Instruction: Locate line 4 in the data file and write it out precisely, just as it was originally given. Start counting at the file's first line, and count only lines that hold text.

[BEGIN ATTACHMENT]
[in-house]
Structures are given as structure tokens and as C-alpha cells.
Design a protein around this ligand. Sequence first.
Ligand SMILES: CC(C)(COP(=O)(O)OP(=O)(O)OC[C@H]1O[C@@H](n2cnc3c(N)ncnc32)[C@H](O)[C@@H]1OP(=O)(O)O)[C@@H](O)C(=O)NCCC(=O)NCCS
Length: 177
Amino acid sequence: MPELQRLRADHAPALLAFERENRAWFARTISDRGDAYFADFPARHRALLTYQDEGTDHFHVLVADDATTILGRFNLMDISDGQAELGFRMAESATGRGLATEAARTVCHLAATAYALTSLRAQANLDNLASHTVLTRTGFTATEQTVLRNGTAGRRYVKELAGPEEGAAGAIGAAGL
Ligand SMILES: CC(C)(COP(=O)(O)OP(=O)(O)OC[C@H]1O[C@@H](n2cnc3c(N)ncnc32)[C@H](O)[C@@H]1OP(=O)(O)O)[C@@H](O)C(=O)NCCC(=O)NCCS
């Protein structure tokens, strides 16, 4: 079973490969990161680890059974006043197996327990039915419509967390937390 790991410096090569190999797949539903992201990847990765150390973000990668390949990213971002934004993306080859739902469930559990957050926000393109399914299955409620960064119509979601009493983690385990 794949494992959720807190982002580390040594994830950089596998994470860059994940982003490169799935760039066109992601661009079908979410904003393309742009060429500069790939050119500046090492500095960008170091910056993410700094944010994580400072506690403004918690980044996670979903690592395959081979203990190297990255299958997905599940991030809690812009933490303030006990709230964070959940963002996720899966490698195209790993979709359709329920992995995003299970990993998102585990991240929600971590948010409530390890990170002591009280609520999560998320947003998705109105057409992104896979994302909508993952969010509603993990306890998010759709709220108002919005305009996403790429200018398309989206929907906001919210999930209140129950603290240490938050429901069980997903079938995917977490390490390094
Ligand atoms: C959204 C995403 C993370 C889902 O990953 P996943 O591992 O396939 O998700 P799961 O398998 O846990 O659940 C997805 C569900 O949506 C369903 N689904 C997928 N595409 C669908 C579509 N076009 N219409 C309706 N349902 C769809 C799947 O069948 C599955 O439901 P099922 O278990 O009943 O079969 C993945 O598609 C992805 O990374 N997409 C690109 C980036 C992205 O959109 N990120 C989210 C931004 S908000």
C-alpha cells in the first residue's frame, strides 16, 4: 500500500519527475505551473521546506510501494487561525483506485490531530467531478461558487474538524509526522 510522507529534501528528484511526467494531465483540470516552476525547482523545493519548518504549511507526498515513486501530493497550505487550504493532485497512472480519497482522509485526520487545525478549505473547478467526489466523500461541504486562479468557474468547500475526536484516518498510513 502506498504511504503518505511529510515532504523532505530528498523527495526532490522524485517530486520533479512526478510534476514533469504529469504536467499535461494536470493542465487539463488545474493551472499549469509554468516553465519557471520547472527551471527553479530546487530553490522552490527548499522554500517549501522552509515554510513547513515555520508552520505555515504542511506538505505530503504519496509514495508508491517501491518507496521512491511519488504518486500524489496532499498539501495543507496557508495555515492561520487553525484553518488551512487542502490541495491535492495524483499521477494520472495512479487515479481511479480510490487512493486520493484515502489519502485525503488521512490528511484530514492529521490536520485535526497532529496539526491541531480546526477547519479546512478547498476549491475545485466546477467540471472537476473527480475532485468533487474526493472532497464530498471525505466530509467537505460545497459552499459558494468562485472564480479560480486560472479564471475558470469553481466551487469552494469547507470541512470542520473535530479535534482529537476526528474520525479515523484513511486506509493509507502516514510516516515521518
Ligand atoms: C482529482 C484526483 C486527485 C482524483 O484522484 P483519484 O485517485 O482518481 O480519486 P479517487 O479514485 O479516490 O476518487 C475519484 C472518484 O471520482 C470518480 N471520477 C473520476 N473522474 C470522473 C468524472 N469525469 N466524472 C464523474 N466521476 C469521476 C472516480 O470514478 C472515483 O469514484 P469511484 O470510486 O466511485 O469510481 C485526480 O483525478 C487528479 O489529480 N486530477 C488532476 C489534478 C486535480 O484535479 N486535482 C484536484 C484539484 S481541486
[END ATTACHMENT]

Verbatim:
Ligand SMILES: CC(C)(COP(=O)(O)OP(=O)(O)OC[C@H]1O[C@@H](n2cnc3c(N)ncnc32)[C@H](O)[C@@H]1OP(=O)(O)O)[C@@H](O)C(=O)NCCC(=O)NCCS